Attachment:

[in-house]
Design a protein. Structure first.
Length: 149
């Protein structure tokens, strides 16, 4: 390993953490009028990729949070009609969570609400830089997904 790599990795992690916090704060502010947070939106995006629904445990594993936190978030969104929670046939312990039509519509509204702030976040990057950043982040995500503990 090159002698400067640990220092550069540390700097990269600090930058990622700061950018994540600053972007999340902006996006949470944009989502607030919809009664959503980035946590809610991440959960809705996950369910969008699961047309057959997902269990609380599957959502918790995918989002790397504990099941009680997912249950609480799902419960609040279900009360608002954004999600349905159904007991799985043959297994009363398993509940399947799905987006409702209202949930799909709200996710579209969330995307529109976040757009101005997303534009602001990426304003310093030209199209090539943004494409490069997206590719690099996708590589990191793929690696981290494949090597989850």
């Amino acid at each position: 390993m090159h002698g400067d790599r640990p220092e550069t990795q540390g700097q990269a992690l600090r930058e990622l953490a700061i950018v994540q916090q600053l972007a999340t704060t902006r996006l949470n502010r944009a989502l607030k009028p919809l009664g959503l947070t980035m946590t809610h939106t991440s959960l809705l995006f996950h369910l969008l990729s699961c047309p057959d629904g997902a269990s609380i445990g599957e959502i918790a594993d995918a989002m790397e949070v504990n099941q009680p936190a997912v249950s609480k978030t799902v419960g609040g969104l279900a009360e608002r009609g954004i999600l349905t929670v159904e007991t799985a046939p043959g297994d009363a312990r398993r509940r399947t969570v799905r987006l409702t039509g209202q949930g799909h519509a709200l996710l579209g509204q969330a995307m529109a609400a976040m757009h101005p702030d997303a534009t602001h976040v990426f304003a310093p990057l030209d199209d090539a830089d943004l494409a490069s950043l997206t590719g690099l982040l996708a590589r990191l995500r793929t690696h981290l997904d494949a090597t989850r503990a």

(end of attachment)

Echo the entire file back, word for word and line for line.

[in-house]
Design a protein. Structure first.
Length: 149
């Protein structure tokens, strides 16, 4: 390993953490009028990729949070009609969570609400830089997904 790599990795992690916090704060502010947070939106995006629904445990594993936190978030969104929670046939312990039509519509509204702030976040990057950043982040995500503990 090159002698400067640990220092550069540390700097990269600090930058990622700061950018994540600053972007999340902006996006949470944009989502607030919809009664959503980035946590809610991440959960809705996950369910969008699961047309057959997902269990609380599957959502918790995918989002790397504990099941009680997912249950609480799902419960609040279900009360608002954004999600349905159904007991799985043959297994009363398993509940399947799905987006409702209202949930799909709200996710579209969330995307529109976040757009101005997303534009602001990426304003310093030209199209090539943004494409490069997206590719690099996708590589990191793929690696981290494949090597989850």
């Amino acid at each position: 390993m090159h002698g400067d790599r640990p220092e550069t990795q540390g700097q990269a992690l600090r930058e990622l953490a700061i950018v994540q916090q600053l972007a999340t704060t902006r996006l949470n502010r944009a989502l607030k009028p919809l009664g959503l947070t980035m946590t809610h939106t991440s959960l809705l995006f996950h369910l969008l990729s699961c047309p057959d629904g997902a269990s609380i445990g599957e959502i918790a594993d995918a989002m790397e949070v504990n099941q009680p936190a997912v249950s609480k978030t799902v419960g609040g969104l279900a009360e608002r009609g954004i999600l349905t929670v159904e007991t799985a046939p043959g297994d009363a312990r398993r509940r399947t969570v799905r987006l409702t039509g209202q949930g799909h519509a709200l996710l579209g509204q969330a995307m529109a609400a976040m757009h101005p702030d997303a534009t602001h976040v990426f304003a310093p990057l030209d199209d090539a830089d943004l494409a490069s950043l997206t590719g690099l982040l996708a590589r990191l995500r793929t690696h981290l997904d494949a090597t989850r503990a």